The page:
Add like
Add dislike
Add to saved papers

MDCT of the temporal bone and audiological findings of pediatric acquired cholesteatoma.

Cholesteatoma is a benign epithelial lesion affecting the middle ear and/or mastoid process, causing otorrhea and hearing loss. Here, we retrospectively evaluated the temporal multidetector computed tomography and audiological findings of acquired cholesteatoma in children. Forty-three patients younger than 18 years old with middle ear acquired cholesteatoma were evaluated with regard to their clinical symptoms, temporal multidetector computed tomography findings, and audiometry results. The multidetector computed tomography findings were classified according to the site-ossicle-complication classification, and the relationships between the clinical, radiological, and audiological findings were evaluated. Only one patient had pars tensa cholesteatoma, and the remaining had attic cholesteatoma. The most common site-ossicles-complication classifications were S4 (acquired cholesteatoma involving four sites), O1 (involving one ossicle), and C0 (no complications), and the most common complaint was hearing loss, followed by otorrhea. There were no statistically significant relationships between the site of involvement and ossicle involvement. In addition, there were no statistically significant differences according to the S classification in either the air conduction or air-bone-gap levels; however, these levels differed statistically significantly with increasing ossicle involvement. Early diagnosis and treatment are essential to prevent hearing loss and serious complications in cases of acquired cholesteatoma. Therefore, it is important to evaluate the temporal multidetector computed tomography and audiological findings to accurately diagnose acquired cholesteatoma in children.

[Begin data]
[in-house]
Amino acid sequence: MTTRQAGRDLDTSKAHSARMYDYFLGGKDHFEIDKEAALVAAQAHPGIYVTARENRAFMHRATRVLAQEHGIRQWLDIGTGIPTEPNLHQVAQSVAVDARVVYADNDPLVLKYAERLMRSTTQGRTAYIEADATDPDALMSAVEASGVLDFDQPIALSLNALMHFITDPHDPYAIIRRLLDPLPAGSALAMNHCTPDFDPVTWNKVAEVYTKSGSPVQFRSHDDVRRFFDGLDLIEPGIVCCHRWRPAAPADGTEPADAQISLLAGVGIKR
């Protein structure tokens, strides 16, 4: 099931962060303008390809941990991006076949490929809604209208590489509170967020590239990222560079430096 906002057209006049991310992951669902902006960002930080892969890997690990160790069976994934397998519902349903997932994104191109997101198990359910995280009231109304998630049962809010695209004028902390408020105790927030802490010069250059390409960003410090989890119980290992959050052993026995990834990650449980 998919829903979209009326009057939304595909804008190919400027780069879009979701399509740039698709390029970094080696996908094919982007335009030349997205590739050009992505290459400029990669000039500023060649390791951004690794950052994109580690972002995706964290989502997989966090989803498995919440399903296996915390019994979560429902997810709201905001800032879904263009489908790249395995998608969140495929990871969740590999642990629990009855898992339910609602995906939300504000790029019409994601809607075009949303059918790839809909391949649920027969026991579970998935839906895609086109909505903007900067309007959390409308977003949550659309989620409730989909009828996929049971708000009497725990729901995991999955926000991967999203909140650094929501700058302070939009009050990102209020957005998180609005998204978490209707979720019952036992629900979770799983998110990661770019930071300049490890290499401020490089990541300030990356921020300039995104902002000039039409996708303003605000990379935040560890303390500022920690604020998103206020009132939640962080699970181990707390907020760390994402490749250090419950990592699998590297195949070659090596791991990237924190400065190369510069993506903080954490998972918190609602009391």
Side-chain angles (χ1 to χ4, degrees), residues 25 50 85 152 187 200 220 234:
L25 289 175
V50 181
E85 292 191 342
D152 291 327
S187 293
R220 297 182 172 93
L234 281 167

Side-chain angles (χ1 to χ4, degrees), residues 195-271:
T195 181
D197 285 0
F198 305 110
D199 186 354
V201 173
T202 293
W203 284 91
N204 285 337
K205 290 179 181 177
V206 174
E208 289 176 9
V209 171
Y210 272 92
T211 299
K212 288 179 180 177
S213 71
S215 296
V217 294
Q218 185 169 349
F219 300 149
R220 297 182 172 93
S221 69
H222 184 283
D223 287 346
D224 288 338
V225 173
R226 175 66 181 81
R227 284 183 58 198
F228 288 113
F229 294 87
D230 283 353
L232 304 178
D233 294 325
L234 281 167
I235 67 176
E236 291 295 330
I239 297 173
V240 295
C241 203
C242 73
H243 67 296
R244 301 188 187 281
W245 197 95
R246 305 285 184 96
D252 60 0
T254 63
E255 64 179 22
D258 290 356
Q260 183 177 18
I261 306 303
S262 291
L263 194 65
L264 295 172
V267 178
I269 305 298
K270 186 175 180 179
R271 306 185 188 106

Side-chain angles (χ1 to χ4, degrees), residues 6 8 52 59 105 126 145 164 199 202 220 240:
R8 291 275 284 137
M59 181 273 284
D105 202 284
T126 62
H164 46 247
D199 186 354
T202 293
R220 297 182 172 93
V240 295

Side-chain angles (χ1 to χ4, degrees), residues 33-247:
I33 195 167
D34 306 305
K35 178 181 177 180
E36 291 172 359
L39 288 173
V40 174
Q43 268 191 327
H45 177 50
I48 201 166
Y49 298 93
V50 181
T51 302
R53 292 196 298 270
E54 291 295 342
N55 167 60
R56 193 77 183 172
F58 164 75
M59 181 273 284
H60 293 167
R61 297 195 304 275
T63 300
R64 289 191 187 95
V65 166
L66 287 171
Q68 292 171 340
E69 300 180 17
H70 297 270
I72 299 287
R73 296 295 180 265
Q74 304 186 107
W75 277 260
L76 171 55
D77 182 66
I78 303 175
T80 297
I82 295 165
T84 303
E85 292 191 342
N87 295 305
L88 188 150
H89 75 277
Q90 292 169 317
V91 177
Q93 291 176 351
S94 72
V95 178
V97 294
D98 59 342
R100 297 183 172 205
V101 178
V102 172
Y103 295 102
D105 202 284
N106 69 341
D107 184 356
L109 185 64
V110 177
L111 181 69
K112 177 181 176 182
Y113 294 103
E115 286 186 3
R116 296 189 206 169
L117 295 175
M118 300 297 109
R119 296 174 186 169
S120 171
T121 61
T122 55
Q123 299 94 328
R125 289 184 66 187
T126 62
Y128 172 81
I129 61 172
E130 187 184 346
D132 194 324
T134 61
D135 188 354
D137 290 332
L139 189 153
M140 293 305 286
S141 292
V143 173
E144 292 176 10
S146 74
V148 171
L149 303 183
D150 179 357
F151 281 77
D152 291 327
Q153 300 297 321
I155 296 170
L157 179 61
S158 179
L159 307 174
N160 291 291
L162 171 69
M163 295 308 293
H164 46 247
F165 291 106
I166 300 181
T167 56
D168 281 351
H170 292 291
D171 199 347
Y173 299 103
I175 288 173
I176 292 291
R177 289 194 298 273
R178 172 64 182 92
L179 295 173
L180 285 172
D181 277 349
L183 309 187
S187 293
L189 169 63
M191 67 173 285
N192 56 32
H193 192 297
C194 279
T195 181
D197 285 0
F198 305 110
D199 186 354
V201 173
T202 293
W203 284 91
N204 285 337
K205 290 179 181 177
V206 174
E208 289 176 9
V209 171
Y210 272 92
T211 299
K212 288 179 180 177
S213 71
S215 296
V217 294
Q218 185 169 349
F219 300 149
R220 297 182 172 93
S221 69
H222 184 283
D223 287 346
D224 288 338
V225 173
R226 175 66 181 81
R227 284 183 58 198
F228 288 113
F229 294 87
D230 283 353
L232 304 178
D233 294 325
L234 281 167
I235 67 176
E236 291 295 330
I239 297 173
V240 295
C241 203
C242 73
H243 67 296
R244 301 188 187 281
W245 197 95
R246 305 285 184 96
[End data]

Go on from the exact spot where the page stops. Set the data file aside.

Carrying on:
Full text links

We have located links that may give you full text access.
Can't access the paper?
Try logging in through your university/institutional subscription. For a smoother one-click institutional access experience, please use our mobile app.

Related Resources

For the best experience, use the Read mobile app

Mobile app image

Get seemless 1-tap access through your institution/university

For the best experience, use the Read mobile app

All material on this website is protected by copyright, Copyright © 1994-2024 by WebMD LLC.
This website also contains material copyrighted by 3rd parties.

By using this service, you agree to our terms of use and privacy policy.

Your Privacy Choices Toggle icon

You can now claim free CME credits for this literature searchClaim now

Get seemless 1-tap access through your institution/university

For the best experience, use the Read mobile app